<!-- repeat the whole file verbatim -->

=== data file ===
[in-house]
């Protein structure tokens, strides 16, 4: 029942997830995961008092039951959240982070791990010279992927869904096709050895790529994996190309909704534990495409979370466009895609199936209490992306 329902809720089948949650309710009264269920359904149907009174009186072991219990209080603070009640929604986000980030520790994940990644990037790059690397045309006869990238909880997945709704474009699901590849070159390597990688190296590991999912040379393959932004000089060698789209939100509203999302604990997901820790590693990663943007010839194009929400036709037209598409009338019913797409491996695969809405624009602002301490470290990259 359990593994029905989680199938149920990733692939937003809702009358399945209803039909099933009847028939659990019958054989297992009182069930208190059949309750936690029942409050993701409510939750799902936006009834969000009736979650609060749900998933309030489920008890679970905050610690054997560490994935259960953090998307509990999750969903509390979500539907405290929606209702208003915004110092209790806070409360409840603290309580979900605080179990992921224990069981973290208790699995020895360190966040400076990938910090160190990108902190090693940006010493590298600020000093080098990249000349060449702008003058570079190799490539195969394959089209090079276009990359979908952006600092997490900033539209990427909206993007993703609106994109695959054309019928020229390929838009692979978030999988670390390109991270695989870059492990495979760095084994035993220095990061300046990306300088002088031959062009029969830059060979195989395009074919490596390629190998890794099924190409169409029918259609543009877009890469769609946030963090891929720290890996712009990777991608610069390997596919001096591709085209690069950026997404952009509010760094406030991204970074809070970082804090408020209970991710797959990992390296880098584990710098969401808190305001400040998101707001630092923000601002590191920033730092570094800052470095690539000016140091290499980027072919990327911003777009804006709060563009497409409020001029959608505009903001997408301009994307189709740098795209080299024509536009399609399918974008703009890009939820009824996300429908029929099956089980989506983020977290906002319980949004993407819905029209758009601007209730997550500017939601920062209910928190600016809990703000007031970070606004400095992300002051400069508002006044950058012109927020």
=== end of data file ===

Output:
[in-house]
């Protein structure tokens, strides 16, 4: 029942997830995961008092039951959240982070791990010279992927869904096709050895790529994996190309909704534990495409979370466009895609199936209490992306 329902809720089948949650309710009264269920359904149907009174009186072991219990209080603070009640929604986000980030520790994940990644990037790059690397045309006869990238909880997945709704474009699901590849070159390597990688190296590991999912040379393959932004000089060698789209939100509203999302604990997901820790590693990663943007010839194009929400036709037209598409009338019913797409491996695969809405624009602002301490470290990259 359990593994029905989680199938149920990733692939937003809702009358399945209803039909099933009847028939659990019958054989297992009182069930208190059949309750936690029942409050993701409510939750799902936006009834969000009736979650609060749900998933309030489920008890679970905050610690054997560490994935259960953090998307509990999750969903509390979500539907405290929606209702208003915004110092209790806070409360409840603290309580979900605080179990992921224990069981973290208790699995020895360190966040400076990938910090160190990108902190090693940006010493590298600020000093080098990249000349060449702008003058570079190799490539195969394959089209090079276009990359979908952006600092997490900033539209990427909206993007993703609106994109695959054309019928020229390929838009692979978030999988670390390109991270695989870059492990495979760095084994035993220095990061300046990306300088002088031959062009029969830059060979195989395009074919490596390629190998890794099924190409169409029918259609543009877009890469769609946030963090891929720290890996712009990777991608610069390997596919001096591709085209690069950026997404952009509010760094406030991204970074809070970082804090408020209970991710797959990992390296880098584990710098969401808190305001400040998101707001630092923000601002590191920033730092570094800052470095690539000016140091290499980027072919990327911003777009804006709060563009497409409020001029959608505009903001997408301009994307189709740098795209080299024509536009399609399918974008703009890009939820009824996300429908029929099956089980989506983020977290906002319980949004993407819905029209758009601007209730997550500017939601920062209910928190600016809990703000007031970070606004400095992300002051400069508002006044950058012109927020």